Me: I’m a lawyer, I don’t think they’d let me.

    Him: Of course you can, what are they going to do to you?

    Me: I’m pretty sure that if a lawyer walked into court with unnaturally colored hair, the judge would say something.

    Him: Yeah, they’d say “Your hair looks nice.” What, just because you’re a lawyer you can’t be fashionable? Isn’t that what that site that you’re always reading, Corporette, all about?

    Me: Umm, we have arguments about whether peep-toed shoes are OK there.

    • Woods-comma-Elle :

      This made me happy.

    • Hahaha…please DO die your hair unnatural red and then go to court. I want to find out if you’ll be “called out” on here — and then we can have another argument. Because those are SO MUCH fun. :-P

      But seriously, I’m not sure most judges would actually say anything about aggressively died hair if you had it neatly styled, but I’m not sure it would make the best impression. Especially in front of a jury of old ladies or something. :-P Or on old man partners. They’re the real sticks in the mud of lawyerdom.

    • What is your natural hair color? Maybe on a redhead it would be subtle enough. I don’t think it would exactly inspire confidence and project authority, though.

      (And I’m wearing peep toes. With bare legs.)

      • Bluejay, you slattern! Peep toes and bare legs, what will be next? A shirt with cut-outs exposing your upper arm?

        In other words, I have bare legs (although my toes are covered; one must maintain a certain sense of decorum) for the first time this year too, and it feels great :)

        • Ah, then you are only a strumpet (bare legs, covered toes = strumpet. Bare legs, exposed toes = slattern).

          • thank you for that all important clarification!

          • Can I be a strollop instead?

          • a. — you would be a strollop if you were wearing hose with one leg cut off.


          • Fiddlesticks! I don’t even own a pair of hose to sacrifice.

          • Its a hard life a., but somebody has to live it.

          • I’m team strumpet today. It’s 80 degrees here (high is usually mid 50s in March) and I spent all morning at the doctor’s office. By the time I actually got dressed for work, I didn’t give a [email protected]*&, though I’ve gotten a few compliments on what I pulled out of the closet. Of course, that only highlights the fact that I was too exhausted to put on makeup.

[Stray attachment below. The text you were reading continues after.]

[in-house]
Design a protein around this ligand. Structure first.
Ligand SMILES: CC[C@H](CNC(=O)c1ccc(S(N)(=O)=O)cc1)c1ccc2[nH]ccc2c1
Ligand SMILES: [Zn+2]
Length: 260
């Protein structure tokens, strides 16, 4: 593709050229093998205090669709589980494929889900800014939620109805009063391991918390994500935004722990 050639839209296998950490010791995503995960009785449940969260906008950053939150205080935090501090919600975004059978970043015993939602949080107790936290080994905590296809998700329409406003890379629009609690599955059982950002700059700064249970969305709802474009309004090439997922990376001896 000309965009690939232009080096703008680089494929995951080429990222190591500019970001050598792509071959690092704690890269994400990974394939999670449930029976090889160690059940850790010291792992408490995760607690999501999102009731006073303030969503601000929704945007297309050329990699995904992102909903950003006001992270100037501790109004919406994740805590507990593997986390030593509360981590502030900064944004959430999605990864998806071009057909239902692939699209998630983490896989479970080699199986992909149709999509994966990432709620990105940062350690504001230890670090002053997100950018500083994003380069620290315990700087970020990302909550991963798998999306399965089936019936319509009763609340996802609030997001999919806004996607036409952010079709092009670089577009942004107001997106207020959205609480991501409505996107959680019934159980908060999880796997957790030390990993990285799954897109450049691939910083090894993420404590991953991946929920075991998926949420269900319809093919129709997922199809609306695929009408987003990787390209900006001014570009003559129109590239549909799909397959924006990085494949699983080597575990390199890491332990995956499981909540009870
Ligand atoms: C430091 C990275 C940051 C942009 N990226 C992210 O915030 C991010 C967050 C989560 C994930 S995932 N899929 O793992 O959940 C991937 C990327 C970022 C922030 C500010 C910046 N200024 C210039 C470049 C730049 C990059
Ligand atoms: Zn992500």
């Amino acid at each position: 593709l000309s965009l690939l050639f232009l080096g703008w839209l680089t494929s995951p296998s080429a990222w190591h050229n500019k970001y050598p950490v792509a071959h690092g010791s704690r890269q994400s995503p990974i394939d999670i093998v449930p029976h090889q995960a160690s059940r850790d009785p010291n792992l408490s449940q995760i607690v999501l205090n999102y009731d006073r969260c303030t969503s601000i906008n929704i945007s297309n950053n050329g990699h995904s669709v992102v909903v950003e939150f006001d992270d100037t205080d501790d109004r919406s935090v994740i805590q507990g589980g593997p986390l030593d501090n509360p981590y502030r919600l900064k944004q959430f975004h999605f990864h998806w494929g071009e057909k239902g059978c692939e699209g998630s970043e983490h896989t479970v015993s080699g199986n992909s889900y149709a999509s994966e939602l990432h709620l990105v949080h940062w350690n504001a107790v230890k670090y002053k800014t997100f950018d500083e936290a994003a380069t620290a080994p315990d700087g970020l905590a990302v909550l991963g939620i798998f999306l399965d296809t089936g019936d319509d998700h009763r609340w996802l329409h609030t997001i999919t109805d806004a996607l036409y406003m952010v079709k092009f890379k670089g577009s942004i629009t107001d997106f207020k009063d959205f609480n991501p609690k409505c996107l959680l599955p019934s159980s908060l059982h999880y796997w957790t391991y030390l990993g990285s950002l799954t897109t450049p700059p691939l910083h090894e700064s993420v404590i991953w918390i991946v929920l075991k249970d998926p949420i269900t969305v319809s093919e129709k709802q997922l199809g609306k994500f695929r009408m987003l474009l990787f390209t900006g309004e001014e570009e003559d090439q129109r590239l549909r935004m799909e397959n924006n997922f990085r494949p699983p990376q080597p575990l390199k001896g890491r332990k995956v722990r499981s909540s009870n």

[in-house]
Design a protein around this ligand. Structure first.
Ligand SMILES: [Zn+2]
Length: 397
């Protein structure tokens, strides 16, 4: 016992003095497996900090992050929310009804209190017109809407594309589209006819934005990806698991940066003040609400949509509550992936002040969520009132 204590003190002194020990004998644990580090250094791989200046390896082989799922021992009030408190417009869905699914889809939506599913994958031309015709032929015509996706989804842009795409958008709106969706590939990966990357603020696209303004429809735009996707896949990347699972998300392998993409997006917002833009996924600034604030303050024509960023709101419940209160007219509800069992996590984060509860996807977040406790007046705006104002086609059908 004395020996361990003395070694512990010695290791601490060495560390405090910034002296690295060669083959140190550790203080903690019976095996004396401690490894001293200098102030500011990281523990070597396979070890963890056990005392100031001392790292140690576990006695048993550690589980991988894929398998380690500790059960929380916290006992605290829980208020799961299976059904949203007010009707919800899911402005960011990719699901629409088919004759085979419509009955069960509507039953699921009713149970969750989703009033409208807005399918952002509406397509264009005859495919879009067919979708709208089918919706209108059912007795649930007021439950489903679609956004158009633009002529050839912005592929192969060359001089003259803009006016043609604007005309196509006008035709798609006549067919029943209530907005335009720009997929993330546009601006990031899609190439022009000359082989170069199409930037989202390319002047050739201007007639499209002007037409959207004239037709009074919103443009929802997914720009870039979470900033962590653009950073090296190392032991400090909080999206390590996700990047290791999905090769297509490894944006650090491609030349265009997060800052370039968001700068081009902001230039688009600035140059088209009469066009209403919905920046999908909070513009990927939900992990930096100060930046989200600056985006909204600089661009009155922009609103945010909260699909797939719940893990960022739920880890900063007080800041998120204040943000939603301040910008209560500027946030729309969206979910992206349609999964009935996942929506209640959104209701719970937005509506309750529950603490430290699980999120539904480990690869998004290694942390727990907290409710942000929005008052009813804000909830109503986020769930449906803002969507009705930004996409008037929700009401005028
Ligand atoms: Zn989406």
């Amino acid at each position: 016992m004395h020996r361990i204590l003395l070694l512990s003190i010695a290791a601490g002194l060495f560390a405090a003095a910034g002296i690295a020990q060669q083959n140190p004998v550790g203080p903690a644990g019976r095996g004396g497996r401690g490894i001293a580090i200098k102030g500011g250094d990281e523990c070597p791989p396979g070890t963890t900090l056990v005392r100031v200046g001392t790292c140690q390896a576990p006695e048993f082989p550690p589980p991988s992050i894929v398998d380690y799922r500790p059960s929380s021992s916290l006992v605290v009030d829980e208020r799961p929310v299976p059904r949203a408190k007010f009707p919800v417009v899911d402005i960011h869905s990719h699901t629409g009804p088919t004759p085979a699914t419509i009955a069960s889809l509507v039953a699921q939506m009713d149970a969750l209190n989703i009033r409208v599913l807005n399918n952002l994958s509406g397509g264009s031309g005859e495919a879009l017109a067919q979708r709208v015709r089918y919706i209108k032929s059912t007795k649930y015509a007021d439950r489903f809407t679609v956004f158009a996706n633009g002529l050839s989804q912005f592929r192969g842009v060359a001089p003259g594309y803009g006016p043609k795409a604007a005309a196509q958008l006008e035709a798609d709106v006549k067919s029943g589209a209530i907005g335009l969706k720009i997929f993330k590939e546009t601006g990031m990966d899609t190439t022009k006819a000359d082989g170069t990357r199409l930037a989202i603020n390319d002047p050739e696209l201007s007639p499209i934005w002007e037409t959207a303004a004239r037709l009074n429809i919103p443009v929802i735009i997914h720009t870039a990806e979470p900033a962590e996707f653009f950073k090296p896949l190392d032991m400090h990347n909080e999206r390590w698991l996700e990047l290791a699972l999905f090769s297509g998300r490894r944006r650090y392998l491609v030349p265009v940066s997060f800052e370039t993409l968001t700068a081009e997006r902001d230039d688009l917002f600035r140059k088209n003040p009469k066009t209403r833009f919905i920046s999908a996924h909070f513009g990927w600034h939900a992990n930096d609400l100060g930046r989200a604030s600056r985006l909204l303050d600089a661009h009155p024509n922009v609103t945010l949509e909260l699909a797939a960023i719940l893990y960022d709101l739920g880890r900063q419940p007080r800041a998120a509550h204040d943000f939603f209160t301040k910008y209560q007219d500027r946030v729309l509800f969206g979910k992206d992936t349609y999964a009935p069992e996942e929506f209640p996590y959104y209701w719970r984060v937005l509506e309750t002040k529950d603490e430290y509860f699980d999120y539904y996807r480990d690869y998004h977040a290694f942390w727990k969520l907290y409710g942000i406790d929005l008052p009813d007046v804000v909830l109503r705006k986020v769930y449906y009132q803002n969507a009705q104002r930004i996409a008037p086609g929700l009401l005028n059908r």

• hussy!

    • Accountress :

      Get a few streaks in the lower half of your hair- you know, so it doesn’t show if you wear your hair down or pulled into a low pony, but does show if you wear a high pony or pull the top half up or something.

      • Ditto – I got purple and red streaks in the underneath part of my hair in law school. I have dark brown hair, so it was subtle, but the placement was key. I could play up the color on the weekends and play it down at school and work.

    • I’d be scared to do it because of how clients/partners might react. But I’ve seen other associates with unnatural hair colors, visible tats and less common piercings (nose, 4+ per ear) in court, so red streaks doesn’t seem particularly outrageous on the broad spectrum. I’ll only go as far as peep-toes, bare legs, and bright color splashes – so tame, I know.

    • I actually did this (with curly brown hair–not sure if it stood out less or more due to the brown, but the curly made it hide a little more) when I was about 23. I was really surprised at how all the older ladies (there were a number of 50ish women) all thought it was just adorable! Others didn’t as much notice or care, but it was not a law job. Oddly, the friend that did it with me had hers come out after a few weeks (bleached then Manic Panic’d) and mine stayed in for two months until I re-bleached them (and did the whole thing in brown to cover it up)

  11. Threading threadjack, no pun intended! My question is–to thread or not to thread? I’ve heard great things, obviously, but my concerns are:
    1) I’ve heard horror stories about pain/red welts/infections of a threading gone wrong